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Smoke- and Tobacco-Free forum begins FGCU smoke-free initiative

On Oct. 28, faculty, staff and students gathered in the Cohen Center ballroom to clear the air at FGCU for good. Eagles Care for Clean Air held its first public forum in order to spread awareness of the smoke- and tobacco-free campus initiative.
FGCU President Wilson Bradshaw, who gave the opening statement at the forum, set the initiative in place in February 2015.
“I so greatly appreciate the support we’ve gotten from (Staff Advisory Council), from Faculty Senate and from Student Government to start this initiative,” Bradshaw said.
Bradshaw continued to touch on the base of the initiative, stating that inspiration came from other schools in the area, as well as around the country.
“This is nothing new to many of the state university campuses,” he said. “It’s happened at some of the larger ones and even some of our state colleges. Many of the things that we will be implementing are the result of the best practices that have been identified at other institutions.”
Lee County has had several no-smoking policies set across the district. Florida SouthWestern State College has been a smoke-free campus since 2010, and the Lee County Board of County Commissioners collaborated with the county health department to create the Tobacco-Free Lee initiative, which restricted the use of tobacco products on Lee County BOCC property.
“They have been very generous with providing us access to the folks who were responsible for implementing those policies on their campuses,” Bradshaw said.
One of the No. 1 concerns that was addressed to Bradshaw was if faculty and staff will be fired if they do continue to smoke once the initiative is set in place on May 9, 2016 — the official start of summer classes. Bradshaw said that while this is mainly a cultural change for the campus, faculty and students won’t be forced into a complete lifestyle change.
“What we’re talking about is creating a healthier environment, and to some extent, that is about changing a significant part of the culture,” Bradshaw said. “Cultures don’t change overnight. This is a no-smoking policy, not a quit smoking policy.”
Bradshaw said that along with the removal of designated smoking areas around campus, those who do smoke will be provided access to cessation resources through Student Health Services and Counseling and Psychological Services.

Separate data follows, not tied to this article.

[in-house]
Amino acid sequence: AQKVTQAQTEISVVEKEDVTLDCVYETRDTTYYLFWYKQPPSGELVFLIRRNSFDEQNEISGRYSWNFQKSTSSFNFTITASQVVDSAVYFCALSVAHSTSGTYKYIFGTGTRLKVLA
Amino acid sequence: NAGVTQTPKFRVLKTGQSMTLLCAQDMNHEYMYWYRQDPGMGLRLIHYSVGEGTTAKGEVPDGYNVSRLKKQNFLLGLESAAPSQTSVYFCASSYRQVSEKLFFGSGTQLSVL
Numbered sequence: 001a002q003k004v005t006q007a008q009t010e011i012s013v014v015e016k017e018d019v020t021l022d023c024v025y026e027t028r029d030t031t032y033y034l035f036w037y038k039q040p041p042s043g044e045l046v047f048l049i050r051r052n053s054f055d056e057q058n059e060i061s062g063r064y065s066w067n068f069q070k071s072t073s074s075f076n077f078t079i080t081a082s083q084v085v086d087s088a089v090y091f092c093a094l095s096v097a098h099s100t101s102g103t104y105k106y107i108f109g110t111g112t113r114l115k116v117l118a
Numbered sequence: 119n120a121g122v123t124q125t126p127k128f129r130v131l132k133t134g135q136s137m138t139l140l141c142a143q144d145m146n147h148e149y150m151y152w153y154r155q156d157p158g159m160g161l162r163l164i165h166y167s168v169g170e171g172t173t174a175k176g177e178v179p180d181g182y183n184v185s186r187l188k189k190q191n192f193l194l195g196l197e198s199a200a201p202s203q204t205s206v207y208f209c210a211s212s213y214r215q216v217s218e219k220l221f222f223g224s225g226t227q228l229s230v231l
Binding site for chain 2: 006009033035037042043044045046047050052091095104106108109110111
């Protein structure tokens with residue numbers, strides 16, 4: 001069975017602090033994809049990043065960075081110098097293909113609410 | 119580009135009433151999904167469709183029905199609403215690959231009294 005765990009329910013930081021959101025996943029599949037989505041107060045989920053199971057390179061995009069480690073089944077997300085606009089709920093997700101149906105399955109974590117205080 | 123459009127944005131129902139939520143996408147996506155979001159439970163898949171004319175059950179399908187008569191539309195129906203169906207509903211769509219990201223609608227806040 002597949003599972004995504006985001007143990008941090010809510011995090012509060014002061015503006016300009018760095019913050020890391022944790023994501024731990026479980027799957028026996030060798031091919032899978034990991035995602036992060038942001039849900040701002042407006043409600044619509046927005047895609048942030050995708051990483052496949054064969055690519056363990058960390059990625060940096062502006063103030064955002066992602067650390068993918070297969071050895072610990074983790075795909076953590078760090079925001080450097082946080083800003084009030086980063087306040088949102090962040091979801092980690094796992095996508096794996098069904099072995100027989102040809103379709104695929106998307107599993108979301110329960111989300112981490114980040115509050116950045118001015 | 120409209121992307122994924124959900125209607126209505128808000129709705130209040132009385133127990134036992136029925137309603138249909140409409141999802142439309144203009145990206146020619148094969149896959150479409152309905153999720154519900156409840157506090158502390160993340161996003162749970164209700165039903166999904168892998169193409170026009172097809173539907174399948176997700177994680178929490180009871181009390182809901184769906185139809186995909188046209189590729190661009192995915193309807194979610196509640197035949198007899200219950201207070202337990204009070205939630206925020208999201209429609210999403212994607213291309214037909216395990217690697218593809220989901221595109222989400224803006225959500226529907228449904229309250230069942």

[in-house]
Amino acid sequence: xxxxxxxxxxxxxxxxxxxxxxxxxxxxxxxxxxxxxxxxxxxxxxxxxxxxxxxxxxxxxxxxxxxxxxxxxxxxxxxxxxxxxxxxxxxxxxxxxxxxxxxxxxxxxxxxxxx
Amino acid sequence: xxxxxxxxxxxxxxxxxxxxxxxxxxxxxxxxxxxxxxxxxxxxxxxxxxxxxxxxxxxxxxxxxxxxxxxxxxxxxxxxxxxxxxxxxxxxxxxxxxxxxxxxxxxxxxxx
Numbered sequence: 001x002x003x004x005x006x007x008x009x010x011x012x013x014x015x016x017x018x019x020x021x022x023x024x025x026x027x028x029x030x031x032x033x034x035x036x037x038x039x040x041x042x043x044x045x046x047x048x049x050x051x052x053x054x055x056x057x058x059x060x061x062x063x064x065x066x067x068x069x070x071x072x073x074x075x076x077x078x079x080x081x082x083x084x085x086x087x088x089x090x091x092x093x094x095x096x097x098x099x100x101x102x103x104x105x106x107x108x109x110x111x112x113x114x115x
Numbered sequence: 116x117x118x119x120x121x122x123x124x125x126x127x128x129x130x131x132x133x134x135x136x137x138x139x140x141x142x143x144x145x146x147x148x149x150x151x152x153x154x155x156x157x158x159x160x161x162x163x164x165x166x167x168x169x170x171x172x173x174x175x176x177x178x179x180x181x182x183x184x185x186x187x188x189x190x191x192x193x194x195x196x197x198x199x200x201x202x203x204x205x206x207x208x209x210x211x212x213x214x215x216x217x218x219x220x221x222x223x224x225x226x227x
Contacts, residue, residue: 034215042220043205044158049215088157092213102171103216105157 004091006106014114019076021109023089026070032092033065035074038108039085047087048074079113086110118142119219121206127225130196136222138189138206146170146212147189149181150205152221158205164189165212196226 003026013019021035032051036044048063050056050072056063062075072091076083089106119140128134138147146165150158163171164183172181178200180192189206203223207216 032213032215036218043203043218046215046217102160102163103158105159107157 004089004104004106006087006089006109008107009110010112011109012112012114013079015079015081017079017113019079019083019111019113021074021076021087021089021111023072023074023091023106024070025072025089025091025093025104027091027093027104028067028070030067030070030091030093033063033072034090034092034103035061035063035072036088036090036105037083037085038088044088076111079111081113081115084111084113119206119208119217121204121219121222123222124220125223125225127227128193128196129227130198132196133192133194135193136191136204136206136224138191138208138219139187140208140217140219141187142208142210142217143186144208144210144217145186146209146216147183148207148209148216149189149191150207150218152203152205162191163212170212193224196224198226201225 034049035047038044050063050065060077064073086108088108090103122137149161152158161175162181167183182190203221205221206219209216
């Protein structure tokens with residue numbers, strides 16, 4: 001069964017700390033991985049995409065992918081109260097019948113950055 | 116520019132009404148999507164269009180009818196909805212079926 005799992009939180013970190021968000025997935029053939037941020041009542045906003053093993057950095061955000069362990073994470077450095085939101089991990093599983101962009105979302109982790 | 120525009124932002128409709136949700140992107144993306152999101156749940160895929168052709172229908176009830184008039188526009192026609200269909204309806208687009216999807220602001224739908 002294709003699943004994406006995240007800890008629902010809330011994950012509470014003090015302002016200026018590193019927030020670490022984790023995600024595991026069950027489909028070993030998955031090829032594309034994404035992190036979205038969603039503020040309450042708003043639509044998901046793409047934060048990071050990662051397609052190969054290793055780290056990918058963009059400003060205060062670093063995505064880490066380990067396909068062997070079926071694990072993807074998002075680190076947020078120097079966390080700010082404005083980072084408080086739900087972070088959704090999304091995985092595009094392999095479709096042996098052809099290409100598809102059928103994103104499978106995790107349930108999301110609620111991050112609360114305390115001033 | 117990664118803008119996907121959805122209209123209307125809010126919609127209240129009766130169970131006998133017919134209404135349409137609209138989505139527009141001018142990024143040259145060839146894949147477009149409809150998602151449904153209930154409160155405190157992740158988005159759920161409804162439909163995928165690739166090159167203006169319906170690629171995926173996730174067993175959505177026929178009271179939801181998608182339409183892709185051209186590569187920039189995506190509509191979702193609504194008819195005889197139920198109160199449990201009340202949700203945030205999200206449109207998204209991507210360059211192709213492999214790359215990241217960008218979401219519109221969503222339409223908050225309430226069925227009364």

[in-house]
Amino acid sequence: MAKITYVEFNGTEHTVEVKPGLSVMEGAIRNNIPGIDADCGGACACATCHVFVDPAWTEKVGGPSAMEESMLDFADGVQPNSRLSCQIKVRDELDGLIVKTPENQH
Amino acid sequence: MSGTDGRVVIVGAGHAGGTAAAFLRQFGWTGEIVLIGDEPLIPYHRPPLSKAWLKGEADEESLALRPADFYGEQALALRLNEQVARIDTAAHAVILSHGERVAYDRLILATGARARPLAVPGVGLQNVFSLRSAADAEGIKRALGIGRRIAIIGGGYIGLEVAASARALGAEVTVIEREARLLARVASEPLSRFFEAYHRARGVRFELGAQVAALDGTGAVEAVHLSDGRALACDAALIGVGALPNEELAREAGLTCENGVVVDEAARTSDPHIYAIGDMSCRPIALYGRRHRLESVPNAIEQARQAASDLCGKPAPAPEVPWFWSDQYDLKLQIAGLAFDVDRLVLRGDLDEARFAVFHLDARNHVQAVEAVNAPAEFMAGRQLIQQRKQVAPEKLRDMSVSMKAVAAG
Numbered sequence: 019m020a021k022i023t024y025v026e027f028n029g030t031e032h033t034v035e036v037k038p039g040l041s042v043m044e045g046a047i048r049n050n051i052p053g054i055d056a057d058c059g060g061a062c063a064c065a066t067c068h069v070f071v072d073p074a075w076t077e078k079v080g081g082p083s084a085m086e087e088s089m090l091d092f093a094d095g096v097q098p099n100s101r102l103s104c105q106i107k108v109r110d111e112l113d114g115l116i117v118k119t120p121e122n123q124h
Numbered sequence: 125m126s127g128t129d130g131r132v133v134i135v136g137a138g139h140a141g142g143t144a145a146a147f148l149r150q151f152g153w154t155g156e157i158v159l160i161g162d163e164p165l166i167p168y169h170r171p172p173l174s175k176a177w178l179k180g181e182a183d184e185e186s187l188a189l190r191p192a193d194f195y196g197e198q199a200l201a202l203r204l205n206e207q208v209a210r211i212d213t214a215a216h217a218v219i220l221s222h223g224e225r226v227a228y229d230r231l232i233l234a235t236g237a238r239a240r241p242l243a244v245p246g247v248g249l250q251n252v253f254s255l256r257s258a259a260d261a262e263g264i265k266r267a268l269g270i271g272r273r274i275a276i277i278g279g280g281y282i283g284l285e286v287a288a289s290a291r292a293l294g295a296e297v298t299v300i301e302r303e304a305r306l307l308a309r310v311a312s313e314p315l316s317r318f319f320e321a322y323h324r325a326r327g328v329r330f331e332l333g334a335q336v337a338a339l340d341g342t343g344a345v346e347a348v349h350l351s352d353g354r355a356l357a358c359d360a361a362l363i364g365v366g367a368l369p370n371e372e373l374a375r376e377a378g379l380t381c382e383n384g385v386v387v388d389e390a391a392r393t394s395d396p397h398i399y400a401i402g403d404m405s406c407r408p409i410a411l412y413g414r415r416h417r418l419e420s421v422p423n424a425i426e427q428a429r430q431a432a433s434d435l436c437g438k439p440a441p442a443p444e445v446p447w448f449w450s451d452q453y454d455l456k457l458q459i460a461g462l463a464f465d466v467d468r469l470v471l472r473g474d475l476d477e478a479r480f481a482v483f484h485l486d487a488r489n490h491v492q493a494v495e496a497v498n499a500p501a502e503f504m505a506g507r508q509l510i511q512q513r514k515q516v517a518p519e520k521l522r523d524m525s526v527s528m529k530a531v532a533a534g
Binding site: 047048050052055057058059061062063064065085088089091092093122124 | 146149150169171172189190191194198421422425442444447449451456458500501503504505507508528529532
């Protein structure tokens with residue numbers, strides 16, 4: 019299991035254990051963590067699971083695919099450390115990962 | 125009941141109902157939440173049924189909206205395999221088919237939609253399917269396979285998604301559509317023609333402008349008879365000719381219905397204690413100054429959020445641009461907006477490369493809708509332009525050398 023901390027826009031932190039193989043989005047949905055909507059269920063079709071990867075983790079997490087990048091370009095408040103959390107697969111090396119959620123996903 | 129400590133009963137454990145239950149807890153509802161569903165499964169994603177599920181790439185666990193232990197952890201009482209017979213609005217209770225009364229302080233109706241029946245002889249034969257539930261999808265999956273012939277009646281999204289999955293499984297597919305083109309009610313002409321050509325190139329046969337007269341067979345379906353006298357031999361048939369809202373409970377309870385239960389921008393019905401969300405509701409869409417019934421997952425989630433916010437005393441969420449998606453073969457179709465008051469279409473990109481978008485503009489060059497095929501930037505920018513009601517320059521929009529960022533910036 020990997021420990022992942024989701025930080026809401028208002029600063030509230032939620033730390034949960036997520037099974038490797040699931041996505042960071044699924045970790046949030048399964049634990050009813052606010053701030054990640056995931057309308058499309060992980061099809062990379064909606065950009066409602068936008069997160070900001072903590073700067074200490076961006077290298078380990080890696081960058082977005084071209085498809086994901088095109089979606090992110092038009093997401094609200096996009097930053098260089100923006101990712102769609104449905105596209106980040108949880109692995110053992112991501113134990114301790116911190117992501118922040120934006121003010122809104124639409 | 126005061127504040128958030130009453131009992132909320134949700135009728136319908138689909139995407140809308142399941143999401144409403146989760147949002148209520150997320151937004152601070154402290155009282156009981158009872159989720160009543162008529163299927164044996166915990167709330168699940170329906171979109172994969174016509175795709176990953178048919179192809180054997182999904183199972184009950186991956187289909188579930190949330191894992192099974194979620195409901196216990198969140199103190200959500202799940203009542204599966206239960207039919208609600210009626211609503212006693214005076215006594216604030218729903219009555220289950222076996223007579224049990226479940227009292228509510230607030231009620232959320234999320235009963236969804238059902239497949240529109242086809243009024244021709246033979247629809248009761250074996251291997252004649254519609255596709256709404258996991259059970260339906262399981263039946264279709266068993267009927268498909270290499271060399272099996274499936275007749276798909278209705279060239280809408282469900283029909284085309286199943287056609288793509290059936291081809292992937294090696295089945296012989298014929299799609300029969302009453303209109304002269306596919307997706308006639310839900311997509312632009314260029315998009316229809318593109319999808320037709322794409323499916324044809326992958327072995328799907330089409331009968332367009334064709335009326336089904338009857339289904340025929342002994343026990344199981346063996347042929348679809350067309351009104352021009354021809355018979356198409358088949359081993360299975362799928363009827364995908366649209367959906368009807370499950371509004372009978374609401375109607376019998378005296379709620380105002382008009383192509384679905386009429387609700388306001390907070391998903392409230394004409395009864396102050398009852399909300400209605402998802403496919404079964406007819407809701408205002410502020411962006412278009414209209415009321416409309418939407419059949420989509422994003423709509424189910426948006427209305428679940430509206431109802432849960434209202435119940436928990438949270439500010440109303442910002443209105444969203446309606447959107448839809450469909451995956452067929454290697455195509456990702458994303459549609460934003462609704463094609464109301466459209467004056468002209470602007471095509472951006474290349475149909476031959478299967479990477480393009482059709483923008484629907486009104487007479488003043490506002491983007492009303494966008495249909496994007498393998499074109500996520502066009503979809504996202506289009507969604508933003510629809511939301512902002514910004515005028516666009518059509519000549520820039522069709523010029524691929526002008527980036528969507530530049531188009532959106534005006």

Mitch Cordova, the dean of the College of Health Professions and Social Work and co-chair of the committee, then took to the podium to introduce the intimate crowd to fellow chair Jon Brunner, the director of Counseling and Health Services, who presented a PowerPoint that had previously not been shown to the public.
“We know that this is a public health issue,” Brunner said. “Smoking is the chief preventable cause of death in the United States, causing more than 480,000 premature deaths annually.”
Brunner reiterated that the initiative began with President Bradshaw’s declaration on Feb. 24. However, the decision was not put into position by Bradshaw alone.
“This is not something that just came out of the president’s cabinet,” Brunner said. “It was approved and requested through other governing bodies [on campus] such as SAC and Faculty Senate.”
Following the end of Brunner’s presentation, the floor was open for questions.
An attendee, who identified herself as a smoker, stated that FGCU’s approach to becoming a smoke- and tobacco-free campus was too extreme. She then explained that when larger campuses, such as Florida State University’s campus, transitioned from having designated smoking areas to none at all, they moved them away from areas with a lot of pedestrian traffic first, instead of removing them completely as the committee at FGCU plans to.
Other queries from the audience included questions regarding the use of chewing tobacco on campus, which will be prohibited along with cigarettes and vape pens, and the proper disposal of cigarette butts that might be found after the initiative is taken into effect.
The committee, comprised of 14 FGCU faculty and staff members, has met every two weeks since April 28 of this year. The committee includes three subdivisions: marketing, implementation and cessation.
The marketing sub-committee members were responsible for creating the website as well as promoting events such as the first public forum. The implementation sub-committee members created the main plan of action as well as the papers that were handed out to those who attended the forum, which included FAQs and a general timeline of the committee’s progress.
“This initiative is based on education and empowerment,” Brunner said. “We’re going to try to educate the campus community about the initiative, resources and the rationale. We are indeed making an earnest attempt to empower people.”

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